Not to mention, he’s also a racist, sexist, asshole with the ego to match. Belfort has this weird penchant for giving every person he encounters in his life a nickname that he then refers to them as for the rest of the book in narrative voice. Some of his least offensive included “The Blockhead and “Master Forger,” while his more offensive included the “Luscious Duchess,” (referring to his now ex-wife) and the “Depraved Chinaman,” (referring to a rival on Wall Street.)
If there’s a chance to insult someone else, while propping himself up on that incredibly high pedestal that exists only inside his mind, you can bet he’s going to take it. Mentions of his erection are peppered throughout the narrative, along with an awkward sequence where Belfort, ever the charlatan, asks us his captive audience to buy that a drug and alcohol rehab group celebrated his attempts to masturbate in public with raucous applause instead of rancor. Such is his narcissism.
It’s clear that he’s an unreliable narrator, as his view of events is colored with a heavy bias that I don’t the he’s even cognizant of. ,B>His culpability in securities fraud and money laundering is often played down in the narrative, suggesting that his guilt was actually other people’s fault – and he was only following the modus operandi of other big bankers at the time. He also tries to justify his lawbreaking by painting himself as a sort of Robin Hood character, as though it’s okay that he was fleecing the rich instead of the poor.
if you’re looking for a comprehensive take on his crimes, trial and conviction, look elsewhere as you won’t find it here. There’s too many pages lost to self indulgence, and Belfort completely forgets to cover when, how and why his life came crashing down around him, instead trying to hook the reader at the end to tune in later for a sequel in which he’ll finish the story this one had already promised.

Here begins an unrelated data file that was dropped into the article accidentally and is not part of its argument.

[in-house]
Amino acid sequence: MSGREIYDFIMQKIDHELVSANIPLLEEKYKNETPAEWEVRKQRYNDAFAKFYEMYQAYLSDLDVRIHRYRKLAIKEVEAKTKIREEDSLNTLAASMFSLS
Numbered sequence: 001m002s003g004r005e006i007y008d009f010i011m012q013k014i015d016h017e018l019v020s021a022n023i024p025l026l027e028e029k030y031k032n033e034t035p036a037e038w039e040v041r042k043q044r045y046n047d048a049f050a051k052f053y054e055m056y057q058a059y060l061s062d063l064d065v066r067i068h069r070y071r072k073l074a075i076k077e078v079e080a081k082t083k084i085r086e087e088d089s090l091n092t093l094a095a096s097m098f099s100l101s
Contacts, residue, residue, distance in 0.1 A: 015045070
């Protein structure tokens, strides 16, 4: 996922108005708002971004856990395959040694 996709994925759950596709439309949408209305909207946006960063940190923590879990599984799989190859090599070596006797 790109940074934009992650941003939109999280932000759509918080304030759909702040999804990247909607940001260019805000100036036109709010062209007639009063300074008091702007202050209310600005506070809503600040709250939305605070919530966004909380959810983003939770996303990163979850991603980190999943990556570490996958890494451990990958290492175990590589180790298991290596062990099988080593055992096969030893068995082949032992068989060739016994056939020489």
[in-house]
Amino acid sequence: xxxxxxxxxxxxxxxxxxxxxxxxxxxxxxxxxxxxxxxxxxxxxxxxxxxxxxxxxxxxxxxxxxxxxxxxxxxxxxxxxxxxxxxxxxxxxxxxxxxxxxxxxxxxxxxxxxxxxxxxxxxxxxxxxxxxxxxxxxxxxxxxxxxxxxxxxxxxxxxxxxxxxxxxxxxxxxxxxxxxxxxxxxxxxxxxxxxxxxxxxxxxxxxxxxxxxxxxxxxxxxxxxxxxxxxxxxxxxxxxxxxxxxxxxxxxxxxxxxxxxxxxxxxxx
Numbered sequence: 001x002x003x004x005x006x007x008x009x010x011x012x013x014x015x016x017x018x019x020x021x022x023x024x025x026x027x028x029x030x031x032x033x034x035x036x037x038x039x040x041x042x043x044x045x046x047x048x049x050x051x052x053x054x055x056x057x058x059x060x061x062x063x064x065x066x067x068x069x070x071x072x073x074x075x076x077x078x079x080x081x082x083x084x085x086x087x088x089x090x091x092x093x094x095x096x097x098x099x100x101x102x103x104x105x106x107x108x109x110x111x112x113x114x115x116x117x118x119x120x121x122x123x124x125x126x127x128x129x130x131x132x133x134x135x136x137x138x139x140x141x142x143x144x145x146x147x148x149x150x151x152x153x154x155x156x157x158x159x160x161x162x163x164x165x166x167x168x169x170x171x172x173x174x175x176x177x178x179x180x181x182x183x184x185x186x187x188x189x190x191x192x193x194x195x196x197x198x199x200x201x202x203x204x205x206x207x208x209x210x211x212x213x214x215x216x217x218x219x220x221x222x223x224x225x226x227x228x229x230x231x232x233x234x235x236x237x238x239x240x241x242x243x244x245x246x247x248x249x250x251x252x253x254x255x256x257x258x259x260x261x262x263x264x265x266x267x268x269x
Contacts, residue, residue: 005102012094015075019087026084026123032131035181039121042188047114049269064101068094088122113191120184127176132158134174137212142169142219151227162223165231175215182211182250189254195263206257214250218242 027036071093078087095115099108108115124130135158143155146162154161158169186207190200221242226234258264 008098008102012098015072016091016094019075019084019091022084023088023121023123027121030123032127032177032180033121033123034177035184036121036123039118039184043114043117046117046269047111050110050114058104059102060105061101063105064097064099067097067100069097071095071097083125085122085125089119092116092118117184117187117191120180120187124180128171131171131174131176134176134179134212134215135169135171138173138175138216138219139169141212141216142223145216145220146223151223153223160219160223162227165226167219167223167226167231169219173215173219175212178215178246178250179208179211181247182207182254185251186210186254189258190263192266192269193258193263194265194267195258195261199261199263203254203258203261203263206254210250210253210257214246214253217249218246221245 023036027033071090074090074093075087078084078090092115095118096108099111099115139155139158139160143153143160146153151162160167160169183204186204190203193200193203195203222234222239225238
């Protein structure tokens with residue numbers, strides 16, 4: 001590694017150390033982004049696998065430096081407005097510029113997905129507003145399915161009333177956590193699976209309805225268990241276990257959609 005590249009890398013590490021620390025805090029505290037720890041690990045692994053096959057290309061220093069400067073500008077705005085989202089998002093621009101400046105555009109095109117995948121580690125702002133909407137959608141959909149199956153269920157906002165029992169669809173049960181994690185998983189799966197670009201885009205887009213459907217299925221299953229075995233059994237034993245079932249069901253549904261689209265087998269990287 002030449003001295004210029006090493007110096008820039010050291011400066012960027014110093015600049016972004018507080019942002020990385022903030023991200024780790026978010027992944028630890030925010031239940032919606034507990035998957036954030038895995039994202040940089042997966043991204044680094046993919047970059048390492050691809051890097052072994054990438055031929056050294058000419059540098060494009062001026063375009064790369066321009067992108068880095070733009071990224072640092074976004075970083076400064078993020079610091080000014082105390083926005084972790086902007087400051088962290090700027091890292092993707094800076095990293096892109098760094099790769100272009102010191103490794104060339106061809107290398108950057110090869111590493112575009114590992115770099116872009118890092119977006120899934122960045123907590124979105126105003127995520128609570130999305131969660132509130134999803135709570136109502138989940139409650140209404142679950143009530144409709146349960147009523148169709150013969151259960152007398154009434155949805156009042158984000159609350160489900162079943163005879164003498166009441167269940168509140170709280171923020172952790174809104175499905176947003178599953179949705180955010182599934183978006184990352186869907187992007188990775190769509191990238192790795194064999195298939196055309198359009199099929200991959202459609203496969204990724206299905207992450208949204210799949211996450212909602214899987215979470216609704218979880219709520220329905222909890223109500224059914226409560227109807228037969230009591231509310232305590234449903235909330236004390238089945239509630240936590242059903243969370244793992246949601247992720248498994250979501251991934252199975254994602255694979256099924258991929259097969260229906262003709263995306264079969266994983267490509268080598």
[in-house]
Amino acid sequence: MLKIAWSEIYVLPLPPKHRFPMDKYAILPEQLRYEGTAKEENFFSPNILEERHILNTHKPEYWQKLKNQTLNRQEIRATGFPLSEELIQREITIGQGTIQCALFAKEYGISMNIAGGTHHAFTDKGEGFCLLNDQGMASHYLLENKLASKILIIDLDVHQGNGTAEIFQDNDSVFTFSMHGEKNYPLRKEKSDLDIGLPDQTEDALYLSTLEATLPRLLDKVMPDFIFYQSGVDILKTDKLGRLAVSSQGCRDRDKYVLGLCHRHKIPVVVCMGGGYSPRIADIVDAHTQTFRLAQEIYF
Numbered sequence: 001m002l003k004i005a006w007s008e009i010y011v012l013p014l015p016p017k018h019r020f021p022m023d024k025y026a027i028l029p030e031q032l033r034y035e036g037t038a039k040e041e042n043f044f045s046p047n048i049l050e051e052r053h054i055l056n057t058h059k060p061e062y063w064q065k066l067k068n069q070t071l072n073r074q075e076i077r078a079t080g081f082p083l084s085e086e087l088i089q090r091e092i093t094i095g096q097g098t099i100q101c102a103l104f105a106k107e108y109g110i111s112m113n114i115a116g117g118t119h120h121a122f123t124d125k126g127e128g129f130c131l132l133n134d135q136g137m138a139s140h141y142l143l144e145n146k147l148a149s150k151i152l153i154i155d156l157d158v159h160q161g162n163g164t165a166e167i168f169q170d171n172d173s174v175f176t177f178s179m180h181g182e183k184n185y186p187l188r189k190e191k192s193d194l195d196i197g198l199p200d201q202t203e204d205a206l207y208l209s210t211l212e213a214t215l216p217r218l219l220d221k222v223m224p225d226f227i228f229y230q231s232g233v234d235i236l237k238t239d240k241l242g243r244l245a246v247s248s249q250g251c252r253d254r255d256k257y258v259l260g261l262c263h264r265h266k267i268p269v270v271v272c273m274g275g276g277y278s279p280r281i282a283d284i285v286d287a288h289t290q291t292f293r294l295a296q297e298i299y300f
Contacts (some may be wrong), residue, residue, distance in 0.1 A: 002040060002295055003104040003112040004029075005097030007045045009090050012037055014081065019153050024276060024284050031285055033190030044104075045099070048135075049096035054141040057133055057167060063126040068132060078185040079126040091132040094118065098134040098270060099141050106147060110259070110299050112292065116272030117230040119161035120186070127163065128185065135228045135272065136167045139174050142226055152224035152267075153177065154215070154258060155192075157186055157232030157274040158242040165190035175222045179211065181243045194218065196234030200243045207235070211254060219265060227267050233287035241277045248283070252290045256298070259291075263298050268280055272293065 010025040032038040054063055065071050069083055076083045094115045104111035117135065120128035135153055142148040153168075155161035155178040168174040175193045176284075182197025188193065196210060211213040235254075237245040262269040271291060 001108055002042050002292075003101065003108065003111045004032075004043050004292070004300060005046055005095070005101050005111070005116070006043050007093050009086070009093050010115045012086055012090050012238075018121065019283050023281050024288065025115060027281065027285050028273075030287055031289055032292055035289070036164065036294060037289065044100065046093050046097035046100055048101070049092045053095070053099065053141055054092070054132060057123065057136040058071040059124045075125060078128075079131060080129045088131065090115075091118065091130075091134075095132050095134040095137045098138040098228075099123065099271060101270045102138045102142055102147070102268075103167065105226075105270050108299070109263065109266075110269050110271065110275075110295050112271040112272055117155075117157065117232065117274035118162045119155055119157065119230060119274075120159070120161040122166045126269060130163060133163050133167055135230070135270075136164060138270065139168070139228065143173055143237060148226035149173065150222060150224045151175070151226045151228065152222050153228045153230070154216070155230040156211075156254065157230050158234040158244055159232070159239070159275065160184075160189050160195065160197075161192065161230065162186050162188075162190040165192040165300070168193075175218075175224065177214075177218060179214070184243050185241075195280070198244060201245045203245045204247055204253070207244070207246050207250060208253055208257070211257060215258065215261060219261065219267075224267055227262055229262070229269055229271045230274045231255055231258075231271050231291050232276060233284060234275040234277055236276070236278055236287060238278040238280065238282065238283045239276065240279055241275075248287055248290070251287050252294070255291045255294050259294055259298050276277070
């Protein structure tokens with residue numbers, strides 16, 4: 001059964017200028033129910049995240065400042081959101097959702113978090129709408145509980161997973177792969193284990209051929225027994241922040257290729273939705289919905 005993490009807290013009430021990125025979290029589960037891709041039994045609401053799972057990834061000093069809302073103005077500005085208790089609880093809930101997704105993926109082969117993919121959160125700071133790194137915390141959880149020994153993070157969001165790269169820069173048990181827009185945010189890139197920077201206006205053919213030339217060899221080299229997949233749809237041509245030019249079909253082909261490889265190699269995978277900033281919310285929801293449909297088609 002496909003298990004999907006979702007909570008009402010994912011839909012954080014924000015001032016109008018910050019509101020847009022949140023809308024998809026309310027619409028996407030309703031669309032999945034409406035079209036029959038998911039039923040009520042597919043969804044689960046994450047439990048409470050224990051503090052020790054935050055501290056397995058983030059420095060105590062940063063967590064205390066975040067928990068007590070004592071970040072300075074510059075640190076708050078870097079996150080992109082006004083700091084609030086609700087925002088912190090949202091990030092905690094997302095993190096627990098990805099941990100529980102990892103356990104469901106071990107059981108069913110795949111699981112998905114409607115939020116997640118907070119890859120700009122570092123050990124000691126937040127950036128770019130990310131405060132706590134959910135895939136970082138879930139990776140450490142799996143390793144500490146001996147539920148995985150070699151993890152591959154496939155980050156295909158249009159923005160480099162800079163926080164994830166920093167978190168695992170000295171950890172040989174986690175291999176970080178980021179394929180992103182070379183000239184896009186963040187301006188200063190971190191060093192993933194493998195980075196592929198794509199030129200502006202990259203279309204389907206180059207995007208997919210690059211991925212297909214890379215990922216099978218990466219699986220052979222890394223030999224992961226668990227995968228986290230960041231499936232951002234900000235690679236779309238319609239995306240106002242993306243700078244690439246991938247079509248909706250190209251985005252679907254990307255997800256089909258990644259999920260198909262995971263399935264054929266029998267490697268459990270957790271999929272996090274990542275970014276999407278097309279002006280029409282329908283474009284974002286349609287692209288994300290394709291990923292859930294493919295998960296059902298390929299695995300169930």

Yeah. That’ll happen.
While I was entertained enough to finish the book, watching Belfort sink to increasingly new lows becomes a bit too masochistic for me to want to continue the party into another book. Besides that, the prose is a bit too frenetic, oddly paced and poor in parts for my tastes. If I had to read the phrase “loamy loins,” “Luscious Duchess” or “Lifestyles of the Rich and Dysfunctional” one more time I couldn’t be held liable for any of my actions. My heart goes out to that editor that had to pare down the 1200 page manuscript. I think they probably did the best they could with what they were given.
Just watch the movie. Leonardo Dicaprio is great in it, and you might not have to scrub out your brain quite as hard as you would after spending 5 hours with Jordan Belfort’s voice in your head.
🌟🌟✯✩✩ = 2.5/5 “I can’t believe I made it through this punishment,” stars
Have you read this book?? Have you seen the movie? Have you read any books (fiction or nonfiction) with a total jerk for a narrator like this one?